First came a violent eruption of pumice and ash. Then glassy lava oozed from the ground.
1 Magma Chamber
From deep hot regions, liquid rock called magma accumulated in a chamber 2 to 4 miles (3 to 6 km) below the surface. Temperature of the chamber was a roasting 1600 degrees F (900 degrees C). The overlying rock trapped water and gases in the magma.
Fingers of magma searched for hidden weak places in their underground prison. When one of these found an unguarded path to the surface, the magma began its escape. In its journey out of confinement, the magma frothed as the trapped water and gases made billions of bubbles, like taking the cap off a shaken bottle of soda pop.
3 Violent Eruption
The highly gas-charged magma erupted explosively; pumice and ash blasted out of the vent at tremendous speed. Areas of forest in Newberry Crater were swept away, leaving gray plains of ash and pumice.
4 Passive Eruption
Halfway through the eruption, magma reaching the surface held much less gas. The violent eruption gave way to a passive one. A mixture of stiff, sticky liquid and froth oozed out of the ground, and a great pile (a dome) grew over the vent.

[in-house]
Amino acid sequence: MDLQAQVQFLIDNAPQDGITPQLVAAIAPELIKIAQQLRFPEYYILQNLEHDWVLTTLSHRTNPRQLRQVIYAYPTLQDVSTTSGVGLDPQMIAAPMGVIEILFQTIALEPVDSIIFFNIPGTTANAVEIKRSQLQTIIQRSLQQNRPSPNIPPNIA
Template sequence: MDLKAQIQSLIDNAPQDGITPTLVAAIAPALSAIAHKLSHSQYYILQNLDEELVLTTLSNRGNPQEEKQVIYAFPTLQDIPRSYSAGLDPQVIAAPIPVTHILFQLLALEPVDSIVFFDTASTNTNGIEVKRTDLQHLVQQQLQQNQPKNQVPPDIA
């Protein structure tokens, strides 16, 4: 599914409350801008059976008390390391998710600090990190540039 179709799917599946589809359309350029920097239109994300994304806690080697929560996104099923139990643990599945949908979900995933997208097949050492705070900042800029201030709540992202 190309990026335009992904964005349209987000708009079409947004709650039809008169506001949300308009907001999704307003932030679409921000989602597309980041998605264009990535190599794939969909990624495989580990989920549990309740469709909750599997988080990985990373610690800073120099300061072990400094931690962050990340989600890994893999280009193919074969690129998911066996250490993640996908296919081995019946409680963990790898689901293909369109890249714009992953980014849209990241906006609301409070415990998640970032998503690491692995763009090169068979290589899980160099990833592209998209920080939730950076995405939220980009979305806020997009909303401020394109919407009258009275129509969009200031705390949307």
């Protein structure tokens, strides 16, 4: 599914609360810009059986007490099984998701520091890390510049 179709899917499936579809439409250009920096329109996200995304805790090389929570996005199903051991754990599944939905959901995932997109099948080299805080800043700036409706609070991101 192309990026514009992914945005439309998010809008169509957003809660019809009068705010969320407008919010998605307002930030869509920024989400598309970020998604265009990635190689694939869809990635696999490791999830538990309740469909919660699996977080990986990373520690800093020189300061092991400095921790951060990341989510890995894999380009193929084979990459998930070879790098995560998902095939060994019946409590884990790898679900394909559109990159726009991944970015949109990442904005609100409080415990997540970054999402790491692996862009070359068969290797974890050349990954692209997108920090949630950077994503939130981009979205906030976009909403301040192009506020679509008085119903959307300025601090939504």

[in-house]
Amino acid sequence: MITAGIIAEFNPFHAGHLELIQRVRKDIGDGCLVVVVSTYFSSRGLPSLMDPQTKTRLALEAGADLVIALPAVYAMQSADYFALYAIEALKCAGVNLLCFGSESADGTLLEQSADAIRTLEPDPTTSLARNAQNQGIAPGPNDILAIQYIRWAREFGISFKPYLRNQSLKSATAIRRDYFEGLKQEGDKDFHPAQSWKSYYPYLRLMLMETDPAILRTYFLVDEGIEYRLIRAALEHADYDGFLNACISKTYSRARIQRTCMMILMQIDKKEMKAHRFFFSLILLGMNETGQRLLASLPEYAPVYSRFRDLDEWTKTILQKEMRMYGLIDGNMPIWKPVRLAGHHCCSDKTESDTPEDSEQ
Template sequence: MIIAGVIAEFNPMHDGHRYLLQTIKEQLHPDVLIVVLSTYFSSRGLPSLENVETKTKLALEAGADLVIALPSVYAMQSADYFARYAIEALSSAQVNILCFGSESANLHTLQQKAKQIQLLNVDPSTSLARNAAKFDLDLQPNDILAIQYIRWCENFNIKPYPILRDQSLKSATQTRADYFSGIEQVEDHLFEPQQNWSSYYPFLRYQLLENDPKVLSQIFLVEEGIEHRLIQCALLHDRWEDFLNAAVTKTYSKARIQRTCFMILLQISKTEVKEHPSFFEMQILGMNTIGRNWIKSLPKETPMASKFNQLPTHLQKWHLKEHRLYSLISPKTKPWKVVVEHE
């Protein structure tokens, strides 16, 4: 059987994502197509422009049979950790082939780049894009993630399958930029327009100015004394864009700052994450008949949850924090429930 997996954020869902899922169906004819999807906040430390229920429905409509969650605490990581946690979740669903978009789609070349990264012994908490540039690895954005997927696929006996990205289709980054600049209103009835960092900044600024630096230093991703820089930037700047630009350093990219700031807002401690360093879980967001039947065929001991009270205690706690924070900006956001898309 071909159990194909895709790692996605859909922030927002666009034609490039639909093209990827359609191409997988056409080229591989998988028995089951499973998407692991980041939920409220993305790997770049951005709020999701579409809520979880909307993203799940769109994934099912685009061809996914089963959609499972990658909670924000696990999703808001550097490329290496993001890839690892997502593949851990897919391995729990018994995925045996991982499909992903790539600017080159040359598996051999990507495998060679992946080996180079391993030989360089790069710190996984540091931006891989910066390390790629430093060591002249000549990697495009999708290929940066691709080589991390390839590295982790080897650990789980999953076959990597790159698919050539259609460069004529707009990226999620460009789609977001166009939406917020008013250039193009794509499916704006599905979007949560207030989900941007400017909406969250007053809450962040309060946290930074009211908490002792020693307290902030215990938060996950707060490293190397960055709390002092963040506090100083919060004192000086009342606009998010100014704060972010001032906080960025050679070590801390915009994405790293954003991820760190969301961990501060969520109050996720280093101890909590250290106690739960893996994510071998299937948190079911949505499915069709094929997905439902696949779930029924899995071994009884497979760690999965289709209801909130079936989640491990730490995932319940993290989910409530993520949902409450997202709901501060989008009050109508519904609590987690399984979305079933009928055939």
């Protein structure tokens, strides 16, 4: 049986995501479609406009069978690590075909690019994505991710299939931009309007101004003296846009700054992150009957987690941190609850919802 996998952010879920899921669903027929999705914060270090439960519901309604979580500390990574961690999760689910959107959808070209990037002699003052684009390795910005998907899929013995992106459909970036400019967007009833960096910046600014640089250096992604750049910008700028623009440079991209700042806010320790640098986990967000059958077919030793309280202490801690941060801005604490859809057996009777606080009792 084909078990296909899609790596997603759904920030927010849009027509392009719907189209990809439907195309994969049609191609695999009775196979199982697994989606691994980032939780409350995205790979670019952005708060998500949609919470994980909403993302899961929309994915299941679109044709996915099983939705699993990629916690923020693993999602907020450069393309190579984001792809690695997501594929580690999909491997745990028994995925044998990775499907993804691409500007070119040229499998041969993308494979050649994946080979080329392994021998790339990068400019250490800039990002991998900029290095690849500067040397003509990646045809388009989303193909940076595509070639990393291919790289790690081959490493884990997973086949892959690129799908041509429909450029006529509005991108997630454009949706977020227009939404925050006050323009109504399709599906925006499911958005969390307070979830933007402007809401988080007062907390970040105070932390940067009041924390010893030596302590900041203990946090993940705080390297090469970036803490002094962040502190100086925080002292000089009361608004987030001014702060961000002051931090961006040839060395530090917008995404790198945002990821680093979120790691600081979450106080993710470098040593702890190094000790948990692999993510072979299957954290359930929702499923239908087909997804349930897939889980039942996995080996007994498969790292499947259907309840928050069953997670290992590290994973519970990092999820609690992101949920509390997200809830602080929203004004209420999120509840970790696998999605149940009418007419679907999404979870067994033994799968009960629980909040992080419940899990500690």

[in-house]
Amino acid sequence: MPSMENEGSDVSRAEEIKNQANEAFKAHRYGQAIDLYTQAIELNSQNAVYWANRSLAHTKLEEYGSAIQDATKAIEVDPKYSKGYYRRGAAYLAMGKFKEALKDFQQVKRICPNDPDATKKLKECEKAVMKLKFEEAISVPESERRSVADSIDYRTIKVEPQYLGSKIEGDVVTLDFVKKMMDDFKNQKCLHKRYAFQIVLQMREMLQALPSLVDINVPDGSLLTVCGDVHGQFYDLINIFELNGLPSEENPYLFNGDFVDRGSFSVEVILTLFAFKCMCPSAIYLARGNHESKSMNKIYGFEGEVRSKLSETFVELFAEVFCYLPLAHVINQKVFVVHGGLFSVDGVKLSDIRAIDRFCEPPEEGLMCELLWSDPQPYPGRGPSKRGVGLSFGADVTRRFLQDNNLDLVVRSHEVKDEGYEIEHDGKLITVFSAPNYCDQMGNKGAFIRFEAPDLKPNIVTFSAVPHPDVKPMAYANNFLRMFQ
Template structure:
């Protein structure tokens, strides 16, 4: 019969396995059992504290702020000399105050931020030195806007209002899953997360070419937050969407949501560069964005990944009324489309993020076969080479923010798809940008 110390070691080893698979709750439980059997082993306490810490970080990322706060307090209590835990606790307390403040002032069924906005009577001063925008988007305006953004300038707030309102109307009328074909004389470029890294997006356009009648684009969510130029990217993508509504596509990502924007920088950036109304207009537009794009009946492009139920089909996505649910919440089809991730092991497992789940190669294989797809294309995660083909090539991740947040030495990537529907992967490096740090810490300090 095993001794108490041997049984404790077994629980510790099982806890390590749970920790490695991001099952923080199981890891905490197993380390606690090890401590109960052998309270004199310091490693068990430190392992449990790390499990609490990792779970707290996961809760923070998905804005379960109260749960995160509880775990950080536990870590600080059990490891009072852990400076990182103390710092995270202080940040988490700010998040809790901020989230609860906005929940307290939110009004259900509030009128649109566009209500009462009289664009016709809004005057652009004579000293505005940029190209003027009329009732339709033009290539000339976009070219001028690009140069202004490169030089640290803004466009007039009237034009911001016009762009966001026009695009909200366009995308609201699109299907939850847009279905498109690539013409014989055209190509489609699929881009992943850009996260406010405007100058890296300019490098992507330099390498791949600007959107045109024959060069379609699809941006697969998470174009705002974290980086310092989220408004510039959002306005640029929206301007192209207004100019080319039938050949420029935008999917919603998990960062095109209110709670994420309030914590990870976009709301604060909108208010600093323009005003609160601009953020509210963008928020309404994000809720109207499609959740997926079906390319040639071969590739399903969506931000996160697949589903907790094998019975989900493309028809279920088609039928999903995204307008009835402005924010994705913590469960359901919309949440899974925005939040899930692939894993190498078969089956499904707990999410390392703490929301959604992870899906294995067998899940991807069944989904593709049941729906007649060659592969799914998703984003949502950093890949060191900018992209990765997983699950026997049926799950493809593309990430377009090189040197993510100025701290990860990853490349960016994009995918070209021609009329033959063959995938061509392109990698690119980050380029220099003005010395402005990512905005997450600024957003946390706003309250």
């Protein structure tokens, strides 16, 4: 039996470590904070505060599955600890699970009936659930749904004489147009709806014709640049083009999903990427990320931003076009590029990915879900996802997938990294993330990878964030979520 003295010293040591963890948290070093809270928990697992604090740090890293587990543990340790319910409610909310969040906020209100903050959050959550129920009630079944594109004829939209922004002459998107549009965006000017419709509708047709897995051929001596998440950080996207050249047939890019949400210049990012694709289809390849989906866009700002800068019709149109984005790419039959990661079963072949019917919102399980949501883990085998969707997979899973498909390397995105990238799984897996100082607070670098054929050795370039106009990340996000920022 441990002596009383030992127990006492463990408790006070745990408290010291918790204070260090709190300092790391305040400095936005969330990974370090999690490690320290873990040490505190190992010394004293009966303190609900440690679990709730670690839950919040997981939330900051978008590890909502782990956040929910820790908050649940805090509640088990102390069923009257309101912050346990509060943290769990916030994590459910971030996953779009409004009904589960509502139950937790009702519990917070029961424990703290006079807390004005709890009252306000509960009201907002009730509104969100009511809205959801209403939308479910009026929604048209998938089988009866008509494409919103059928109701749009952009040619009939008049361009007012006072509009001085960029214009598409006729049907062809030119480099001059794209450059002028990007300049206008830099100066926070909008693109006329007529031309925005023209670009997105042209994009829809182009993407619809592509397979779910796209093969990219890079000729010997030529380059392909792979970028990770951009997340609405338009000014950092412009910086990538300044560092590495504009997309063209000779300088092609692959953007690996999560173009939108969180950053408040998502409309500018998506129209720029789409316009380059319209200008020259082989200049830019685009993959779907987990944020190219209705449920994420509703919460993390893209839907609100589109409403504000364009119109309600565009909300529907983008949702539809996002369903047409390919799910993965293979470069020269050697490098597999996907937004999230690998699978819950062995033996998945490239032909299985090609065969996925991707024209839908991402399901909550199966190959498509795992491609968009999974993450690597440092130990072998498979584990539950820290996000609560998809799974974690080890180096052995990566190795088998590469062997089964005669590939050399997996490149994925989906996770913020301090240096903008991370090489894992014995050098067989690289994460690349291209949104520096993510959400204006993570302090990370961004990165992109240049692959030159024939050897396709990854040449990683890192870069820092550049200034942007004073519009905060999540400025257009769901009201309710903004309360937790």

5 Flowing Over the Land
Slowly and sluggishly, the lava moved inches (or cm) per hour. A 100-foot (30 m) wall of lava moved like a glacier over the land, burying shallow valleys and low ridges. The low fluidity of the flow was due to its high silica content.
6 Middle of the Flow
Near the top of the flow, the lava developed at least three layers: white pumice, obsidian, and gray pumice. The pumice layers formed where the flow frothed and foamed. In the gray pumice layer under the obsidian layer, gases formed giant bubbles up to 50 feet (15 m) in diameter, which floated up and exploded.
7 Lower End of Flow
The layers of pumice and obsidian became wildly contorted as the flow thickened. Layers folded and refolded, shattered and sheared, flowed up and over themselves. Pumice attempted to float, obsidian tried to sink, and great pressure ridges rose up like wrinkles on a rumpled rug.